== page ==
Shape, Clear, Hold, and Build
August 17, 2009
The US experience in the Afghan and Iraq Wars is scarcely over. It has, however, already produced a wide range of lessons. Some are narrow and apply largely at the tactical or technical level. Others, however, are much broader and have critical implications for grand strategy, stability operations and conflict termination, and a new kind of conflict that can only be called armed nation building.
These lessons suggest that the US needs to make major revisions in the way is assess the use of military force and the decision to go to war. They also suggest that the US must develop a new concept of integrated civil-military operations that see “stability” operations and conflict termination in terms of an extended commitment to nation building that will involve simultaneous military operations and civil aid efforts.
The Burke Chair has developed a briefing that summarizes these lessons since the beginning of each war, and then explores their impact in terms of key metrics for each conflict. This briefing is entitled "Shape, Clear, Hold, and Build: The Uncertain Lessons of the Afghan and Iraq Wars" and can be downloaded at the CSIS web site at http://csis.org/files/publication/Afghan-IraqLess.edit.7.8.pdf.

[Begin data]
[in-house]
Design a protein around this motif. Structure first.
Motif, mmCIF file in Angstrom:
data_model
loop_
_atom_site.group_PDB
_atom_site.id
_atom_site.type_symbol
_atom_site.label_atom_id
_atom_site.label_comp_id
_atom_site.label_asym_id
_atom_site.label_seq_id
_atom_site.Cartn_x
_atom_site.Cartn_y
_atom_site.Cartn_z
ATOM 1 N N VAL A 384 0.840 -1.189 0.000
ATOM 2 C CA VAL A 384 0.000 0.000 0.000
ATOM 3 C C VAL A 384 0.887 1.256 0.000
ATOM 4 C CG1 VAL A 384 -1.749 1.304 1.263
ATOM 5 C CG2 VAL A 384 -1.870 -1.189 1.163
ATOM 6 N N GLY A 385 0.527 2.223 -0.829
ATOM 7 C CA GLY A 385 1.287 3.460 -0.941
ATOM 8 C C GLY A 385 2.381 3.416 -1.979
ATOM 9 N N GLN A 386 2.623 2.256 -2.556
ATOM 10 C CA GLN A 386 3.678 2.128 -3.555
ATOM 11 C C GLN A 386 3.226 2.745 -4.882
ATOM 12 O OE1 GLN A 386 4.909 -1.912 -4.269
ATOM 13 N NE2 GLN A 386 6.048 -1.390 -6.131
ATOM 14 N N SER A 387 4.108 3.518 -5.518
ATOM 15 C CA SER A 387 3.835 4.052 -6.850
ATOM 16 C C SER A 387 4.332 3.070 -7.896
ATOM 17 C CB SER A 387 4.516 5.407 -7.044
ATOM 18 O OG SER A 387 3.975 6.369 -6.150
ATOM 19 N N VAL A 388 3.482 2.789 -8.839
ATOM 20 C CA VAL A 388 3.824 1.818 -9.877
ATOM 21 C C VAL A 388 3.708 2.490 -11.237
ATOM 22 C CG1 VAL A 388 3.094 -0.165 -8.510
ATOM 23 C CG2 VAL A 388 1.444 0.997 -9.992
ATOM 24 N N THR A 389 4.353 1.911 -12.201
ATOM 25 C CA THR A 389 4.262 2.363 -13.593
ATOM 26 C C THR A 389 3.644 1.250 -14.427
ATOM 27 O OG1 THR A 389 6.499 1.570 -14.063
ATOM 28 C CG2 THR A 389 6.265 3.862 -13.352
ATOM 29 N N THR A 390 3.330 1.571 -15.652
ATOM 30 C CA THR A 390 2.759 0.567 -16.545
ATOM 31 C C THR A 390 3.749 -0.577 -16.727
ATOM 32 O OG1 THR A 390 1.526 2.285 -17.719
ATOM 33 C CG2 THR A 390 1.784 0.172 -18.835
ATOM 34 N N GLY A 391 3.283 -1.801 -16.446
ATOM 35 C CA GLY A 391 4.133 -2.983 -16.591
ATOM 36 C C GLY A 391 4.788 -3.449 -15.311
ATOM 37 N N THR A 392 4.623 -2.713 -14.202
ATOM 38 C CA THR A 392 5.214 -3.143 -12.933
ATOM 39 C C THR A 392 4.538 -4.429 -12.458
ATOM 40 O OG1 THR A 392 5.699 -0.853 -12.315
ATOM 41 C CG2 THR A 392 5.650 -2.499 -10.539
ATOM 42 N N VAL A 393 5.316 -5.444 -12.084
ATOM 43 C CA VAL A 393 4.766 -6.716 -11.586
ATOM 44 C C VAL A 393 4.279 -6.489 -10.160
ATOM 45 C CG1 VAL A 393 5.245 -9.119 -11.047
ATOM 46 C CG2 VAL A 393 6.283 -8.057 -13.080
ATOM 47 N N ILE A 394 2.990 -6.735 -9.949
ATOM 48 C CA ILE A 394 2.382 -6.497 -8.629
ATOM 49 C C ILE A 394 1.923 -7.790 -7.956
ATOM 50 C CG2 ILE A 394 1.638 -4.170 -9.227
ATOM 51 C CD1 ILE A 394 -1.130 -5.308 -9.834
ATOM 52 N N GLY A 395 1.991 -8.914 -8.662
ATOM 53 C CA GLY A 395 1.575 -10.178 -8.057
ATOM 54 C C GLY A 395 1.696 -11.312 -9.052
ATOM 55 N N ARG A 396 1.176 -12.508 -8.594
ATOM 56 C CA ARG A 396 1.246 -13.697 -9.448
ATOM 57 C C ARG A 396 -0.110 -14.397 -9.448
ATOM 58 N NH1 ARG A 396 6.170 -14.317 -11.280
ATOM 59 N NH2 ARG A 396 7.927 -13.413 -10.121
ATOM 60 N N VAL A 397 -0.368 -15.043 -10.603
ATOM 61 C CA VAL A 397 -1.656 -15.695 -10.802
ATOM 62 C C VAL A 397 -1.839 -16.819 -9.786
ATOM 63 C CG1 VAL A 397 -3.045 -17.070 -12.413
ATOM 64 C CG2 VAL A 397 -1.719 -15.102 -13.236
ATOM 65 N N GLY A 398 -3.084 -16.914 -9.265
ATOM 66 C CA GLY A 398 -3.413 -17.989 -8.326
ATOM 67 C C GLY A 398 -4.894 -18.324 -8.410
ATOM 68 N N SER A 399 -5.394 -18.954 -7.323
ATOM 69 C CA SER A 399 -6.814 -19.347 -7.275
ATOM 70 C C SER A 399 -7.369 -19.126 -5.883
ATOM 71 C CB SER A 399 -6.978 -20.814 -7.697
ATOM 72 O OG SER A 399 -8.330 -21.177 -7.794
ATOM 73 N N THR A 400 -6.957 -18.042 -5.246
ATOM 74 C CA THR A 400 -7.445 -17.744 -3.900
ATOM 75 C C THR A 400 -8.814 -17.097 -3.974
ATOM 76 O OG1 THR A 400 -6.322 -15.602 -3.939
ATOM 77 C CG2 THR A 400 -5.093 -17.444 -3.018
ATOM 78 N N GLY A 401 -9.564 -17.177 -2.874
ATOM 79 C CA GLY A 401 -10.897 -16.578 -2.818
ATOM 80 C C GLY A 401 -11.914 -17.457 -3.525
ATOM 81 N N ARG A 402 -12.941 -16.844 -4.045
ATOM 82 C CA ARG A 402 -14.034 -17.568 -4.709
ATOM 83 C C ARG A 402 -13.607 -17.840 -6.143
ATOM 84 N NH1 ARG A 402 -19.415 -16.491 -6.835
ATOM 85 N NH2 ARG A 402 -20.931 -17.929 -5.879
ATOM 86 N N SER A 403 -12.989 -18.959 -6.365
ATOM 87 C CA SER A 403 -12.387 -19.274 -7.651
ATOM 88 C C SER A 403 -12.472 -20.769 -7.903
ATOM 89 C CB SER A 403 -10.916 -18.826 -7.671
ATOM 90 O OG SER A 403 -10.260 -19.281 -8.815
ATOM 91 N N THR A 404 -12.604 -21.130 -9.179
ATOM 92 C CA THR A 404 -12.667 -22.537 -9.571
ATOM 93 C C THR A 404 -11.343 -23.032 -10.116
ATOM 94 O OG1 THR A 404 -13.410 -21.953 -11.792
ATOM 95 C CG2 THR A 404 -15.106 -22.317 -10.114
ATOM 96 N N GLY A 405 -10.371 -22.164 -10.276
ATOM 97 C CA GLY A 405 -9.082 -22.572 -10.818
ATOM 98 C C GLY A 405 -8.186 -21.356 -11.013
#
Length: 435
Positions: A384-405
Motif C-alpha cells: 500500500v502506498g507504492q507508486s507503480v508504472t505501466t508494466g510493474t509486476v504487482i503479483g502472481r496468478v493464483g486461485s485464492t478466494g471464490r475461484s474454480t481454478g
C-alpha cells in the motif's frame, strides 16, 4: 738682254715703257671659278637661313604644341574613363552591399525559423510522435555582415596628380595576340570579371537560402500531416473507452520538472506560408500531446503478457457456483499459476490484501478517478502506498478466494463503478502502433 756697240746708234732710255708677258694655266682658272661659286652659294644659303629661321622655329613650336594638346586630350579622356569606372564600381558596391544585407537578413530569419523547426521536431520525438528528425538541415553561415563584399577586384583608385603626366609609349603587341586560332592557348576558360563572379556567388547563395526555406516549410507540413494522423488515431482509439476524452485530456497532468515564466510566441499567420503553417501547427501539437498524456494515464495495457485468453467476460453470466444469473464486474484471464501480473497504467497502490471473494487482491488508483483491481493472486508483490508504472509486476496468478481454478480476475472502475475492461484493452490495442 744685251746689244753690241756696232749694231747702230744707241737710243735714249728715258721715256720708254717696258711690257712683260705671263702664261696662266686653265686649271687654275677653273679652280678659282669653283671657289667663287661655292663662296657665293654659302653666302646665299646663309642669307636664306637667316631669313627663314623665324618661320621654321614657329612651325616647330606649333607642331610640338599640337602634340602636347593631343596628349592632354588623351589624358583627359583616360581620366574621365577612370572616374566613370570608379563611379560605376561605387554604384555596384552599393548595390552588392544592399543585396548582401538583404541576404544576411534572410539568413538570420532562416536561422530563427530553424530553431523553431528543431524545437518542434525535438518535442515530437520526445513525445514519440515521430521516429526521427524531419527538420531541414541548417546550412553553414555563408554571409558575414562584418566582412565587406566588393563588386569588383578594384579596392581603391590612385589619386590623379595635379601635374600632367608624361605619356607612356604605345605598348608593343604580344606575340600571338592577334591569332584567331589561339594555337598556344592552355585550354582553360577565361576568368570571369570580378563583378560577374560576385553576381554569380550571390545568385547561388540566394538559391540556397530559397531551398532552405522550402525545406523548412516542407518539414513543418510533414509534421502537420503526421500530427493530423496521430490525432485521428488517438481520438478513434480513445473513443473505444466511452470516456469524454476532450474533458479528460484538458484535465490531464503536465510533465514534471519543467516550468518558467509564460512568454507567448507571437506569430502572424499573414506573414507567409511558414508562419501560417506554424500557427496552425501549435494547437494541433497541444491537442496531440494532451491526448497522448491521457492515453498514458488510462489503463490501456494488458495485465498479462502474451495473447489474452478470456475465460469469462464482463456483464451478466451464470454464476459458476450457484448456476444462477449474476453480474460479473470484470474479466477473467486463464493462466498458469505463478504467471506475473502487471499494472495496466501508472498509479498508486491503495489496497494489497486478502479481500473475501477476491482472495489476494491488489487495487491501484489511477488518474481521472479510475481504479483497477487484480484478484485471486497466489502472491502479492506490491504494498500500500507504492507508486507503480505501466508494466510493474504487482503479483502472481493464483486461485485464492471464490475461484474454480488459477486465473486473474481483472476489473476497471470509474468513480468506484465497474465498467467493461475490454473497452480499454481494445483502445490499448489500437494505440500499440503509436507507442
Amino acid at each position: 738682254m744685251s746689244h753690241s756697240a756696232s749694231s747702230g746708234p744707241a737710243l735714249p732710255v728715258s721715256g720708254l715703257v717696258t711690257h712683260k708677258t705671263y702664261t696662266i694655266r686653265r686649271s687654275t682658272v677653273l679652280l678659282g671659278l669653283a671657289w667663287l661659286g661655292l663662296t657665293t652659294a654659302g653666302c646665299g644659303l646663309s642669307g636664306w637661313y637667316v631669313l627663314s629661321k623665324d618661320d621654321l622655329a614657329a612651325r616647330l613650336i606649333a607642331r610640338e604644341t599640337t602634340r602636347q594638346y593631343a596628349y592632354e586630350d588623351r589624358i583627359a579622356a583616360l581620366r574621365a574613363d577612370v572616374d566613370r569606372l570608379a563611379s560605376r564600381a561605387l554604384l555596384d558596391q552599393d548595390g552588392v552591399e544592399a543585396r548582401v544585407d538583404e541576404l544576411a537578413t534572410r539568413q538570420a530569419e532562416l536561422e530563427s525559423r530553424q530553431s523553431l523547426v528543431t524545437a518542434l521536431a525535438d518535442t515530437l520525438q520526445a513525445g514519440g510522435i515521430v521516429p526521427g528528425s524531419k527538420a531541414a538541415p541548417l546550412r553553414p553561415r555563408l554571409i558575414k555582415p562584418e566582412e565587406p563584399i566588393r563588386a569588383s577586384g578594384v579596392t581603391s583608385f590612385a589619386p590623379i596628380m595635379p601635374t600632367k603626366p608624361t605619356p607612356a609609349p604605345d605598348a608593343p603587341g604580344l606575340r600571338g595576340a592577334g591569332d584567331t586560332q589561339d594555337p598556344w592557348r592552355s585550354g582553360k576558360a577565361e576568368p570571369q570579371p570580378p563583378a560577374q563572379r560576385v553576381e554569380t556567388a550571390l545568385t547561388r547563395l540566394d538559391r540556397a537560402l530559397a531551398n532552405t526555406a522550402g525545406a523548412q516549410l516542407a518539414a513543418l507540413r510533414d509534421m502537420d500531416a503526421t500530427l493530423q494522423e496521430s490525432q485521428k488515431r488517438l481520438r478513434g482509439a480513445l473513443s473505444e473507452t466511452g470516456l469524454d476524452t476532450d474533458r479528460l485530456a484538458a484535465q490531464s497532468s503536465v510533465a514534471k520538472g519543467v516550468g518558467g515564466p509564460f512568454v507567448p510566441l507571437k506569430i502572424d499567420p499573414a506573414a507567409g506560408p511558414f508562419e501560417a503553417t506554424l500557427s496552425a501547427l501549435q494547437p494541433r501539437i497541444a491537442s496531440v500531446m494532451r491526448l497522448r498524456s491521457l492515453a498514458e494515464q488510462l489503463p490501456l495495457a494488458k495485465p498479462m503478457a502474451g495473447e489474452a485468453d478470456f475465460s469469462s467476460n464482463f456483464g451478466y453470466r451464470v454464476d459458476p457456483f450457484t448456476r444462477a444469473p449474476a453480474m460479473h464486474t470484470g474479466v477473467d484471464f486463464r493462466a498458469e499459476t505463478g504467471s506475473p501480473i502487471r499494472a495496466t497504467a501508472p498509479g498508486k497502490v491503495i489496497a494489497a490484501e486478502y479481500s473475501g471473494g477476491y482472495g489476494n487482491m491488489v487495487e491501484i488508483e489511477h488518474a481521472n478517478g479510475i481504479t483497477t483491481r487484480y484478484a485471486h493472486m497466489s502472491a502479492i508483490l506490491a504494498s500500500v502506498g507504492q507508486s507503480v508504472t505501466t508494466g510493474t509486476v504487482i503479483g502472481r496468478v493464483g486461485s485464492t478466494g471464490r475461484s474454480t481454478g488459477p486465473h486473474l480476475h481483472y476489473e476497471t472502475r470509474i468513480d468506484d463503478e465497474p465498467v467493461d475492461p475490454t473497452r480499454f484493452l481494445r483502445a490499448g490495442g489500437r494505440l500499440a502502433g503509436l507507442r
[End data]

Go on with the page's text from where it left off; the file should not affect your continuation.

It also suggests that developing host country and indigenous capabilities will be more critical than relying on traditional alliance structures, and that properly resource both US integrated civil-military operations, and the development of ghost country capabilities, at the start of US involve will be critical to success. It both the Afghan and Iraq cases, the US both failed to act decisively in the initial phases of an insurgency, and failed to take a realistic and integrated approach to dealing with the host country. These US mistakes were a key factor that empowered otherwise weak threats.
Two additional CSIS papers discuss the impact of these lessons in more detail:
“THE AFGHANISTAN CAMPAIGN: Can We Win?”
“IRAQ: A TIME TO STAY?”
The lessons briefing will be steadily refined with time, and comments and suggested revisions will be greatly appreciated. Please send them to Anthony H. Cordesman at email@example.com.